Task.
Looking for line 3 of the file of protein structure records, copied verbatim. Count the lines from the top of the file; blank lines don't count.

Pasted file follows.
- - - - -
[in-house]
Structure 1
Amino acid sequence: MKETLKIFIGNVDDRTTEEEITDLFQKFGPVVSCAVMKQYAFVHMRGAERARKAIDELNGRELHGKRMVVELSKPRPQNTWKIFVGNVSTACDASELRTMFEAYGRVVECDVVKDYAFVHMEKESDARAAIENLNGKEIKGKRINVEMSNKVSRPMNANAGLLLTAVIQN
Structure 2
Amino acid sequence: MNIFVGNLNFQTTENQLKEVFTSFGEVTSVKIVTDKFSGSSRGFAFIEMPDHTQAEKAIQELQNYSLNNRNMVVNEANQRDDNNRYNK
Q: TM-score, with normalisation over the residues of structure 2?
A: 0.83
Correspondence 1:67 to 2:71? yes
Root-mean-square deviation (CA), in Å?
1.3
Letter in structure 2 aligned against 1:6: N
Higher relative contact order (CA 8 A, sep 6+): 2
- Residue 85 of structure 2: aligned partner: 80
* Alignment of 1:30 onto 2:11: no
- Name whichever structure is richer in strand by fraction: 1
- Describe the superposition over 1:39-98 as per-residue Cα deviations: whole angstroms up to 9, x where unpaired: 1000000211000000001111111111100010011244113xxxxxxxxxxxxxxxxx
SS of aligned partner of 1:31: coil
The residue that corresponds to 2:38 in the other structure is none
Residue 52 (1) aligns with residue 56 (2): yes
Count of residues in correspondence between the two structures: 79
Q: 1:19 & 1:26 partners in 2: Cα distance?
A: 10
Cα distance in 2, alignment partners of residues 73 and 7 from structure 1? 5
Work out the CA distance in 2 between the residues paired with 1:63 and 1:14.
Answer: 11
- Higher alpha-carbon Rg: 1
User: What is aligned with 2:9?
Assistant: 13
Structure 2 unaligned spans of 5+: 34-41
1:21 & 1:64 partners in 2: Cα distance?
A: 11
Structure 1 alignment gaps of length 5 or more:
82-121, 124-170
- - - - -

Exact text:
Amino acid sequence: MKETLKIFIGNVDDRTTEEEITDLFQKFGPVVSCAVMKQYAFVHMRGAERARKAIDELNGRELHGKRMVVELSKPRPQNTWKIFVGNVSTACDASELRTMFEAYGRVVECDVVKDYAFVHMEKESDARAAIENLNGKEIKGKRINVEMSNKVSRPMNANAGLLLTAVIQN